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This means "illa" definitely doesn't refer to "dies". But it does! The word dies can be feminine, and it is here. The feminine gender is rarer but it is the typical choice for a special day like an appointment or a deadline. That's why it was chosen here. For details, see this question about gender variation in dies.


The verb Catullus uses is odisse, not odire (from which you would get an imperative odi). This verb only has forms in the perfect system but the meaning is that of the present system. That is, what is the present active indicative by meaning is odi, odisti, odit, odimus, odistis, oderunt — perfect active indicative forms. This is one of the defective verbs ...


Joonas's answer is entirely correct, but to give a slightly different explanation: Some verbs in Latin are defective. Some of their forms are outright missing, for no obvious reason. For example, the verb ait "say" is always cited in the third person singular present—because most of the other forms we'd cite don't exist! It has no first person ...


It is the feminine nominative and refers to dies. It means “that day.” You do not say why you think you can definitely rule it out, but I guess you think dies is masculine, which is indeed the case. But it is also often feminine. Generally speaking, it is feminine only when referring to a set day, an appointed time. This does arguably apply to the day of ...


Additionally, note that "irae" in "Dies irae" is in the genitive. "illa", in the nominative, can't match a noun in the genitive case. :)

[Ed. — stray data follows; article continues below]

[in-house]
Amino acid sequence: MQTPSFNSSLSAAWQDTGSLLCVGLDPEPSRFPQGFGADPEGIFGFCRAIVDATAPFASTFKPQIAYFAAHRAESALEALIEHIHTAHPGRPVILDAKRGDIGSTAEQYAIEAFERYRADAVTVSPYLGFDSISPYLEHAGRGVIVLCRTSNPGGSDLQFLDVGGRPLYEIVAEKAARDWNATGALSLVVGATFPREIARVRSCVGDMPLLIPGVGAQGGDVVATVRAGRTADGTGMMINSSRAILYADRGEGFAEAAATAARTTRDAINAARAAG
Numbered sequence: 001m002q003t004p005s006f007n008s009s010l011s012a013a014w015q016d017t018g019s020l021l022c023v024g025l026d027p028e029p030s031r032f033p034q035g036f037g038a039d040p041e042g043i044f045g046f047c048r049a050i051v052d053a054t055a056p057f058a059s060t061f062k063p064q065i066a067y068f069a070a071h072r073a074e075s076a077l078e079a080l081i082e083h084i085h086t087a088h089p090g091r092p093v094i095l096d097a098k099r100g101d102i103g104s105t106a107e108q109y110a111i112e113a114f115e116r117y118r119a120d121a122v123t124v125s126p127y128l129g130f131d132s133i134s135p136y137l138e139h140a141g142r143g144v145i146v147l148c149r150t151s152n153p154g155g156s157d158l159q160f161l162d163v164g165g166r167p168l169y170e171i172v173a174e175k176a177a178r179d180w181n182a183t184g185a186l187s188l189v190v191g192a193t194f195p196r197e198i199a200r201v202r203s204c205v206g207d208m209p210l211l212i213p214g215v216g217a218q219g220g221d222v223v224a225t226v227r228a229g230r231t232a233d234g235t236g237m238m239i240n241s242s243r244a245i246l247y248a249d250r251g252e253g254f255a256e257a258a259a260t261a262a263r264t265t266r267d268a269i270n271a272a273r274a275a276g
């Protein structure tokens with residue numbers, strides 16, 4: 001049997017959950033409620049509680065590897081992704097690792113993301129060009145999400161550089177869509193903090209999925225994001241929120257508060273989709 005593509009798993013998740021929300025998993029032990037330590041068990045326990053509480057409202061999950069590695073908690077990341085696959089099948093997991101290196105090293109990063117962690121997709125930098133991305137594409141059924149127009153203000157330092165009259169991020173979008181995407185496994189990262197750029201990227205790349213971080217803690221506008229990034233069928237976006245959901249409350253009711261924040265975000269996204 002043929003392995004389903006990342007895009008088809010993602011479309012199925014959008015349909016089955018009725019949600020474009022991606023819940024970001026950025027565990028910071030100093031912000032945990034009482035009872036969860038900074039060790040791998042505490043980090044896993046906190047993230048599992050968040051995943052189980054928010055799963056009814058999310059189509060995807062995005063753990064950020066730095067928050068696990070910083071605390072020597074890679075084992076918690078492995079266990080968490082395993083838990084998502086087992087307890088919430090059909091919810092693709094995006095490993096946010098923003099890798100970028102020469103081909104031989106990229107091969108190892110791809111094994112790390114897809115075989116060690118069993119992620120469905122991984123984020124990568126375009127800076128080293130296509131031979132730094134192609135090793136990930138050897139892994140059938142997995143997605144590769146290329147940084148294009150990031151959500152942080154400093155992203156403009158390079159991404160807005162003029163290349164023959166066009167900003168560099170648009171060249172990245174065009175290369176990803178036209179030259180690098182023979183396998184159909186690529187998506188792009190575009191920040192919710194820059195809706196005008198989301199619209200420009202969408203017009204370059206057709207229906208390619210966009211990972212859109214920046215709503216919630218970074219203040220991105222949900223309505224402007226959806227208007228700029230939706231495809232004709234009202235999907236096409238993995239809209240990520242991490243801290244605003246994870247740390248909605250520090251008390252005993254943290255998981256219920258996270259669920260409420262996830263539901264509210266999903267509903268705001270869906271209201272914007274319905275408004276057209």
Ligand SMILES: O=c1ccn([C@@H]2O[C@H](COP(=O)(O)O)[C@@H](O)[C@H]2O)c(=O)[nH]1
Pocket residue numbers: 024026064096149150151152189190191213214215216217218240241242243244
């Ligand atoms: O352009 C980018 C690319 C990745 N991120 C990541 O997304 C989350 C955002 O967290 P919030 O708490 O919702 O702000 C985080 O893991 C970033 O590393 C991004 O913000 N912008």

This passage (Met. 1.61-2) is about the creation of the world, and the winds are taking up their allotted quarters. Eurus isn't blowing towards the East, he's taking up his station there to become the East Wind. (Btw subdita here isn't "submissive to", but simply "placed under".)


The morphological issues are explained already. In any case, I hope that a literal translation will help: "The day of wrath, that wellknown day" About the use of illa, in this context, I would say that it is used to indicate some well-known or celebrated object, equivalent to the ancient, the wellknown, the famous. You can find this use here: Lewis&...


I think both the literal reading "man and arms" and the more creative reading "armed man" are justified at superficial level. The second one does indeed look weird, but is based on a figure of speech called hendiadys. (There are slightly different forms of this concept. I learned to call it hendiadyoin.) The name of this figure of speech means "one through ...


Yes, that is absolutely correct! You have identified the long and short syllables correctly, and from that the scansion follows. To be sure, it is always good to check that the pattern fits the metre and there is a natural place for at least one caesura. Once these all check out, your scansion is usually right.


Yes! Nemo est qui... is a common enough formula in Latin, "there is no one who...". Since nemo can be used with est there is no reason it cannot be used with sum. Indeed the phrase nemo sum homo is attested. See here.


Elision in Latin is a complicated topic and I only know basic information about it. I think it is normal in any period to elide final -ae, as in meae, before a following vowel. András Cser ("Aspects of the Phonology and Morphology of Classical Latin", 2016) puts it like this: Word-final [aj] is elided in poetry just like any vowel (including the nasal ...


What if instead of ἀρμένα [armena], the restoration is ἠρμένη [ērmenē] > Perfect Participle Middle/Passive Feminine Nominative Singular of αἴρω (airō, “to carry”)? Then the translation would be "If my paps could still give suck and my womb were able to bear children . . ." My name is Allan Loder (PhD student at Wycliffe College, UofT). In ...

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